Improving the customer experience has become a major strategic priority for just about every company this year, according to a report by Forrester Research.
In the report "The State of the Customer Experience, 2012," 93 percent of businesses surveyed identified the customer experience among their strategic priorities, and 28 percent placed it at the top of the list. Additionally, 75 percent plan to use it as a key differentiator.
Despite this, many companies are not investing in the contact center. Only 43 percent of respondents plan to improve the contact center agent experience; just 22 percent plan to improve the automated portion of the call center experience.
Megan Burns, the report's author, argues that "inconsistency is everywhere.
"Even when companies know what it takes to deliver great customer experiences, they haven't made it an enterprise-wide habit," she explains. "As a result, even when pockets of customer experience excellence exist, they are likely undermined by poor experience practices elsewhere in the business."
That could explain why 77 percent of respondents to the Forrester survey identified improving the online experience as a key objective and 61 percent plan to add or enhance mobile experiences.
"The current state of customer experience management in most companies is ad hoc at best," Burns wrote. Fifty-five percent of firms have a companywide customer experience improvement program; 57 percent have an executive in charge of those efforts, and 51 percent have a customer experience team. Most teams are small, with 71 percent of respondents reporting fewer than 10 people dedicated to customer experiences.
The good news is that 79 percent of respondents expect their company's investments in customer experience to grow or stay the same this year. Forty-one percent plan to add internal customer experience positions to their payrolls; 37 percent plan to augment internal staff with outside consultants; and another 29 percent expect to hire experience design agencies.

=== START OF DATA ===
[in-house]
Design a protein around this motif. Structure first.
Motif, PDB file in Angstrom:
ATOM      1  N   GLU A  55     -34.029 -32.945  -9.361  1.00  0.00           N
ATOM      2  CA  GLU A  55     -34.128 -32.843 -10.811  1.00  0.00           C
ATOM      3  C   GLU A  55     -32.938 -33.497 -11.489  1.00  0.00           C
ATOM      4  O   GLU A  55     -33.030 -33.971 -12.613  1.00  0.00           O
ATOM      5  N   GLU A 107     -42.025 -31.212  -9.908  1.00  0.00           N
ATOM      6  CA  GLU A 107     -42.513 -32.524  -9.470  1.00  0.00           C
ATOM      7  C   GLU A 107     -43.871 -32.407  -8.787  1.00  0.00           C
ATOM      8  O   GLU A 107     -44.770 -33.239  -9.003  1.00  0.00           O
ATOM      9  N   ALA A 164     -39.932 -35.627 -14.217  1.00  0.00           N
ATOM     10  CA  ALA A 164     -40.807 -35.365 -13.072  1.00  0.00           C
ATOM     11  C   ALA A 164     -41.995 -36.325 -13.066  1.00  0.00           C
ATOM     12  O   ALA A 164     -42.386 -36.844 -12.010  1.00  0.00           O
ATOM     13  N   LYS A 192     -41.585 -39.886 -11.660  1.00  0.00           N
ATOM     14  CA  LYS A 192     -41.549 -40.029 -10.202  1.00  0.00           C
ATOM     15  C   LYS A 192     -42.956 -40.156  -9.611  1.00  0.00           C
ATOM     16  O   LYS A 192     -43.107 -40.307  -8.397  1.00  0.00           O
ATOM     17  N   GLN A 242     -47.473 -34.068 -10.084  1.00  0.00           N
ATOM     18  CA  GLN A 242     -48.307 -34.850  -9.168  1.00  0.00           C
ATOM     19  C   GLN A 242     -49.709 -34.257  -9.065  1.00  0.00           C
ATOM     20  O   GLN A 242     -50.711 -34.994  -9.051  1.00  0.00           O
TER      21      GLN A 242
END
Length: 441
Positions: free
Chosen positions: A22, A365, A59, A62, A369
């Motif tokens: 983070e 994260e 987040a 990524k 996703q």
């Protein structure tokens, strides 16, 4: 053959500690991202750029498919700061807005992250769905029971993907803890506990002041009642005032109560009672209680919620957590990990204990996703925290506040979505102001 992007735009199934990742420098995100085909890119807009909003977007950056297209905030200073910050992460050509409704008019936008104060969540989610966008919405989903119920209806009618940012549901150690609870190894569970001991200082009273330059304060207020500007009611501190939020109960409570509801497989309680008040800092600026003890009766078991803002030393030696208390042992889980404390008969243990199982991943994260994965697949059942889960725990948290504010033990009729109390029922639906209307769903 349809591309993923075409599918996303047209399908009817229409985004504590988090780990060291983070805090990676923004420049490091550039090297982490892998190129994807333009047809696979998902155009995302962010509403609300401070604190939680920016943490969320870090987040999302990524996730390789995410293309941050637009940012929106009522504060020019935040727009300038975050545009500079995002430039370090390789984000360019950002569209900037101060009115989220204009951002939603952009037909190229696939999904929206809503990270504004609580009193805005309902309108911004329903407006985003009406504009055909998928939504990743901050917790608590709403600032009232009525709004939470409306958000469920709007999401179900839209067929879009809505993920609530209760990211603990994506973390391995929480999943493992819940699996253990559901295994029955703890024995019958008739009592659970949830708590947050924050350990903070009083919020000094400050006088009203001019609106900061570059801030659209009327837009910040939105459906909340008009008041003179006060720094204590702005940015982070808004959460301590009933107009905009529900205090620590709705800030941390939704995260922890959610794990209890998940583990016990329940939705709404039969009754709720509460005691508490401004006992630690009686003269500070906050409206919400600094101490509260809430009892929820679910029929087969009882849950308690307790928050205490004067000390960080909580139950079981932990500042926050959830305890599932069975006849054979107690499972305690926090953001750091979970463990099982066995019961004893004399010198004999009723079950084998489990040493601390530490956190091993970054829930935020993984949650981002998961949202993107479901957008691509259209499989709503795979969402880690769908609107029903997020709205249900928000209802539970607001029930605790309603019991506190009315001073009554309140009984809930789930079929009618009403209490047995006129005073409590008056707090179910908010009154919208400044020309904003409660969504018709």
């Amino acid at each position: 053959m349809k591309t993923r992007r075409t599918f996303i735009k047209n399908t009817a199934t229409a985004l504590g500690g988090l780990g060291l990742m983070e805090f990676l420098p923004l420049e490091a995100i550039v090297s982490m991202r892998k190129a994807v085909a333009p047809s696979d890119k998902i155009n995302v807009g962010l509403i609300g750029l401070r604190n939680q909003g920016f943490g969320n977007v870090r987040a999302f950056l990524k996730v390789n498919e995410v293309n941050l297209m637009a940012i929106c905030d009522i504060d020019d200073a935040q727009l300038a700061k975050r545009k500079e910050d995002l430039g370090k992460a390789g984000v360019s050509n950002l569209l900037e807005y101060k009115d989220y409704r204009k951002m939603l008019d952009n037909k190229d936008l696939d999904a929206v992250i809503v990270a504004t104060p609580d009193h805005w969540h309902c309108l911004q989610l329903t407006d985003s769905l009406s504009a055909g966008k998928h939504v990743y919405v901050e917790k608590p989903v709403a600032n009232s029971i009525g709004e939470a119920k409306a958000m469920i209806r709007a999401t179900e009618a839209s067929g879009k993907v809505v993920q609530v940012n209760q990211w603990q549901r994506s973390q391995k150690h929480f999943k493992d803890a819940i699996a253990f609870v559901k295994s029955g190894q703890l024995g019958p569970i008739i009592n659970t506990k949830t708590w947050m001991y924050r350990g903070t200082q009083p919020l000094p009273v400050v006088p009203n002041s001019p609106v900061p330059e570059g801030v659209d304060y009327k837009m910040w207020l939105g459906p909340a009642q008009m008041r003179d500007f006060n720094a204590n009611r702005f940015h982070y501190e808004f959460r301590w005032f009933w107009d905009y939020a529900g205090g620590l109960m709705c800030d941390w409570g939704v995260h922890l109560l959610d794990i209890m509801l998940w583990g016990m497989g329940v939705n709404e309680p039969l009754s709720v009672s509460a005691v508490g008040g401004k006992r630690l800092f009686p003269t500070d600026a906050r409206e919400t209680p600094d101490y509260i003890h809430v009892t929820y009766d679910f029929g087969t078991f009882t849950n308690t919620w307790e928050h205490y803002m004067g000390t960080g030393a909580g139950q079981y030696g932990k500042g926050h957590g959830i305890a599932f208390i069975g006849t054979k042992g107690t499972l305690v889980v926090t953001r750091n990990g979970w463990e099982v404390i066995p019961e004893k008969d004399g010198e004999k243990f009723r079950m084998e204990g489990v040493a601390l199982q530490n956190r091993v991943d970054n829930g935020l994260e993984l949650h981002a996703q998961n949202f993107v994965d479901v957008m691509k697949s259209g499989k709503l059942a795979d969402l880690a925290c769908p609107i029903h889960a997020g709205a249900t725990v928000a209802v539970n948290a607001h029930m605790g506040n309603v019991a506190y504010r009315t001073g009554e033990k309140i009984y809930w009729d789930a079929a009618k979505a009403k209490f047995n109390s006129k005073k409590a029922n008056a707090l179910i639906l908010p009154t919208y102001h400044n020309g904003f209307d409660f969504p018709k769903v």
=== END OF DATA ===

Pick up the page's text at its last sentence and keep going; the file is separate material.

Among technologies where investment is expected to occur, the report notes that companies plan to spend money on the following:
- CRM tools: 44 percent;
- social media monitoring software: 44 percent;
- customer data integration: 43 percent;
- behavioral Web analytics: 37 percent;
- enterprise feedback management: 29 percent;
- text or speech analytics: 24 percent;
- Web site session recording and playback: 21 percent;
- call center equipment upgrades: 19 percent; and
- agent desktop platforms: 7 percent.
And while the report notes the value of benchmarking performance against that of competitors and industry leaders, Burns says company customer experience leaders "shouldn't just blindly follow the pack." Instead, she says they should be prepared to model the unique effect customer experience has on key business metrics, like loyalty, sales, service, and revenue, and then use those models to define what's needed to prevent customer churn. Then they should match current strategies with existing financial realities.
"They should map the firm's CX [customer experience] ecosystem to help employees see where they fit into the broader CX delivery system," Burns notes. "Finally, they should use the ecosystem map to help managers at all levels tailor customer insights, task design, standards, success metrics, and rewards to make them relevant and meaningful to employees based on their role in the ecosystem as a whole."